John’s father took his son to one side, and he said to him, ‘There would be a solution if you had the Raven’s Stone.’

‘What is the Raven’s Stone?’ asked John.

‘Your grandfather told me about it. You take eggs from a raven’s nest. You boil them and return them to the nest. The raven will know that the eggs are damaged. It will leave. But, on the third day, it will return with a small stone in its beak. He will rub the stone on the eggs. The eggs will become fertile and alive once more. If a man has been watching this, and if he should get hold of the stone, he will be able to make himself invisible.’

‘How?’ asked John.

‘If he puts the stone in his mouth, he will be invisible,’ said his father. ‘To be visible once more, he will put the stone in his pocket.’

‘That’s amazing,’ said John. ‘I could go to Dunachton and be invisible.’

‘Exactly,’ said his father. ‘Now, we must find a raven’s nest.’

Show English

Clach an Fhithich (2)

Gaelic Gàidhlig

Tha mi a’ leantainn leis an sgeulachd Clach an Fhithich, a tha stèidhichte ann am Bàideanach. Bha Iain Bàn à Baile na Creige agus Eilidh Nic an Tòisich à Dun Neachdain a’ coinneachadh ri chèile gu tric faisg air Uisge Spè. Bha Iain a dhol tarsainn na h-aibhne aig àth.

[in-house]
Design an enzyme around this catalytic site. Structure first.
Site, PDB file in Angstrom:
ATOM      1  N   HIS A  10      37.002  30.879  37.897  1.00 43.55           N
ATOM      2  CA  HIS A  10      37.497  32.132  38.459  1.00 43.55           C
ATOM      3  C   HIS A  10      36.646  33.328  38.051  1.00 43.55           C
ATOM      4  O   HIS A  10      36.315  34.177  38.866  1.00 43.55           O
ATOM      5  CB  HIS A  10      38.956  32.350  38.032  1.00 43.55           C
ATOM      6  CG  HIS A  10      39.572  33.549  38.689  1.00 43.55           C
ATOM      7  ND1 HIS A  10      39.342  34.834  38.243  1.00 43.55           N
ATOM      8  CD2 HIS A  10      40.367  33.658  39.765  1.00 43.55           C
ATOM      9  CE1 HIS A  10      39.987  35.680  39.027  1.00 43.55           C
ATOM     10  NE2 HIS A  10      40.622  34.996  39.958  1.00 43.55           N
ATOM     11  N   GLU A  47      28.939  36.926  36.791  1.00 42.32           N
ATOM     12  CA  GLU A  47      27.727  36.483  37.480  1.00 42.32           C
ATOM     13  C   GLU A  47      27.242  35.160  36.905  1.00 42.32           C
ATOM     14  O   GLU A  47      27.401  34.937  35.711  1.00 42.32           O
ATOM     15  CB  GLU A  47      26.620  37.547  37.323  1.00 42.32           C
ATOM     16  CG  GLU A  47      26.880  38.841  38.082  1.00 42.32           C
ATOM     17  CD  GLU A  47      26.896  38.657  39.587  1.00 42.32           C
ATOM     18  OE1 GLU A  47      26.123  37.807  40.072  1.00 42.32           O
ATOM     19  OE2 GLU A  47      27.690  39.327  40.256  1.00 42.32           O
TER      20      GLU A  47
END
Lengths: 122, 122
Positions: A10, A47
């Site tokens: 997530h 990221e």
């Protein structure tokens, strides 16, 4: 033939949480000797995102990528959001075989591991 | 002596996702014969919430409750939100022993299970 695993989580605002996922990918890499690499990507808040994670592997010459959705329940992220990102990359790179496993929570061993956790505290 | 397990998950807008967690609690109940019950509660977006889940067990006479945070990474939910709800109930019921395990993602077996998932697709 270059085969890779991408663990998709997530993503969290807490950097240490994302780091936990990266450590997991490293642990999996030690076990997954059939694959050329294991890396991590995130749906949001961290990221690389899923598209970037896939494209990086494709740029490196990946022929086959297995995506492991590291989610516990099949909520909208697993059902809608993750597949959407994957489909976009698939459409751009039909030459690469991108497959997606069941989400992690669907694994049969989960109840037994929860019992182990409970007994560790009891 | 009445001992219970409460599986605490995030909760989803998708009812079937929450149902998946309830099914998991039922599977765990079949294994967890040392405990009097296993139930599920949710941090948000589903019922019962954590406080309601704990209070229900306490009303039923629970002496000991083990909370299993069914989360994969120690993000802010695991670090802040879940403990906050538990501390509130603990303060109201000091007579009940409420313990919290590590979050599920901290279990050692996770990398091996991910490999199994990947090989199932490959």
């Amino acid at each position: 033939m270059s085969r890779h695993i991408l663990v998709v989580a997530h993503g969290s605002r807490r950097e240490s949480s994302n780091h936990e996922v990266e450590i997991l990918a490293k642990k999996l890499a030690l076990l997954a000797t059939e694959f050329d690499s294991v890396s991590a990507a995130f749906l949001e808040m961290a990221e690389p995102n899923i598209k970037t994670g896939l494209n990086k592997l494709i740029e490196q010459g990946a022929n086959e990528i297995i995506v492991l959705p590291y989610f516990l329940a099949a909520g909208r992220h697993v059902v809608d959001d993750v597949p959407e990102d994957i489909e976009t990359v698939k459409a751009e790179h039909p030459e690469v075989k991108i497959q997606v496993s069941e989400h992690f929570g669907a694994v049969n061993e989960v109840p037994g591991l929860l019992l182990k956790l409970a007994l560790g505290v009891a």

Latha a bha seo, choinnich Iain ri gobha – fear ‘Donnchadh na Dà Òrdaig’. Bha fios aig Iain gun robh Donnchadh dìreach air a bhith ann an Dùn Neachdain. ‘An cuala tu dad air Eilidh?’ dh’fhaighnich e.

‘Chuala,’ arsa Donnchadh. ‘Tha i na prìosanach na seòmar fhèin.’

‘Tha sin duilich,’ thuirt Iain. ‘An toir thu litir dhi bhuam?’

‘Ist,’ arsa Donnchadh. ‘Bhiodh sin cunnartach. Chaill an gille-frithealaidh aice a cheann an-dè airson na coinneamhan eadar thu fhèin is Eilidh a chumail dìomhair bhon Bhean-uasal.’

A dh’aindeoin a’ chunnairt, ge-tà, dh’aontaich an gobha litir a thoirt do dh’Eilidh. Thug e leis i an ath thuras a chaidh e a Dhùn Neachdain. Ach cha do thill Donnchadh dhachaigh. Latha an dèidh latha, bha Iain a’ feitheamh fios bhuaithe.

Thug athair Iain an gille aige gu aon taobh, agus thuirt e ris, ‘Bhiodh fuasgladh ann nam biodh Clach an Fhithich agad.’

‘Dè th’ ann an Clach an Fhithich?’ dh’fhaighnich Iain.

‘Dh’inns do sheanair dhomh mu a deidhinn. Bidh thu a’ toirt uighean à nead fithich. Bidh thu gan goil agus gan cur air ais san nead. Bidh fios aig an fhitheach gu bheil na h-uighean millte. Teichidh e. Ach, air an treas latha, tillidh e, le clach bheag na ghob. Bidh e a’ suathadh na cloiche ris na h-uighean. Bidh na h-uighean a’ tighinn torach is beò a-rithist. Ma tha duine air a bhith a’ coimhead seo, agus ma gheibh e grèim air a’ chloich, bidh comas aige a dhèanamh fhèin do-fhaicsinneach.’

‘Ciamar?’ dh’fhaighnich Iain.

‘Ma chuireas e a’ chlach na bheul, bidh e do-fhaicsinneach,’ thuirt athair. ‘Airson a bhith faicsinneach a-rithist, cuiridh e a’ chlach na phòcaid.’

‘Tha sin iongantach,’ thuirt Iain. ‘Dh’fhaodainn a dhol a Dhùn Neachdain, agus mi do-fhaicsinneach.’

‘Dìreach,’ thuirt athair. ‘Nise, feumaidh sinn nead fithich a lorg.’

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Litir do Luchd-ionnsachaidh

This letter corresponds to Tha an Litir seo a’ buntainn ri Litir do Luchd-ionnsachaidh 1074